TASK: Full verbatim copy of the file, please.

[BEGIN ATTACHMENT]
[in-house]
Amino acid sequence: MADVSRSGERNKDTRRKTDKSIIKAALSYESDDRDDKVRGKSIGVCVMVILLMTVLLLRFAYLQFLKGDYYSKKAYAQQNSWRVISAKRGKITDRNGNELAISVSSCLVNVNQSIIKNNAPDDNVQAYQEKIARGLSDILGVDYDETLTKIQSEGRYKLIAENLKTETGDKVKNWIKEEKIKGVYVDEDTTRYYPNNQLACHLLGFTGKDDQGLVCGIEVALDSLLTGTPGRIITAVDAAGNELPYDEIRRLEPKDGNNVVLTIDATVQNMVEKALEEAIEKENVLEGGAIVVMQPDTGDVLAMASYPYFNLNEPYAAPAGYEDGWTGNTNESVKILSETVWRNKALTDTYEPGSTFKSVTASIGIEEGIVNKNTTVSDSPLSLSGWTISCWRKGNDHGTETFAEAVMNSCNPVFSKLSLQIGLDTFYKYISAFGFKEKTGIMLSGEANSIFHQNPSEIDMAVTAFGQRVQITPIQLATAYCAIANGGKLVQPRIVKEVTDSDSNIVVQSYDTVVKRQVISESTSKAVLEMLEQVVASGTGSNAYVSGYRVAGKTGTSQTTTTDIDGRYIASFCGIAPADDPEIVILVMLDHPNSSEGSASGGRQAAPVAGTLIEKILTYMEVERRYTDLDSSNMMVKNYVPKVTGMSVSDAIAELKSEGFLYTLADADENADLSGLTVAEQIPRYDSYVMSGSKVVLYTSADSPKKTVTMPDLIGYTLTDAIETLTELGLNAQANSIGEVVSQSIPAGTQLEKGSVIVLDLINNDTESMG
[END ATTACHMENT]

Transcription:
[in-house]
Amino acid sequence: MADVSRSGERNKDTRRKTDKSIIKAALSYESDDRDDKVRGKSIGVCVMVILLMTVLLLRFAYLQFLKGDYYSKKAYAQQNSWRVISAKRGKITDRNGNELAISVSSCLVNVNQSIIKNNAPDDNVQAYQEKIARGLSDILGVDYDETLTKIQSEGRYKLIAENLKTETGDKVKNWIKEEKIKGVYVDEDTTRYYPNNQLACHLLGFTGKDDQGLVCGIEVALDSLLTGTPGRIITAVDAAGNELPYDEIRRLEPKDGNNVVLTIDATVQNMVEKALEEAIEKENVLEGGAIVVMQPDTGDVLAMASYPYFNLNEPYAAPAGYEDGWTGNTNESVKILSETVWRNKALTDTYEPGSTFKSVTASIGIEEGIVNKNTTVSDSPLSLSGWTISCWRKGNDHGTETFAEAVMNSCNPVFSKLSLQIGLDTFYKYISAFGFKEKTGIMLSGEANSIFHQNPSEIDMAVTAFGQRVQITPIQLATAYCAIANGGKLVQPRIVKEVTDSDSNIVVQSYDTVVKRQVISESTSKAVLEMLEQVVASGTGSNAYVSGYRVAGKTGTSQTTTTDIDGRYIASFCGIAPADDPEIVILVMLDHPNSSEGSASGGRQAAPVAGTLIEKILTYMEVERRYTDLDSSNMMVKNYVPKVTGMSVSDAIAELKSEGFLYTLADADENADLSGLTVAEQIPRYDSYVMSGSKVVLYTSADSPKKTVTMPDLIGYTLTDAIETLTELGLNAQANSIGEVVSQSIPAGTQLEKGSVIVLDLINNDTESMG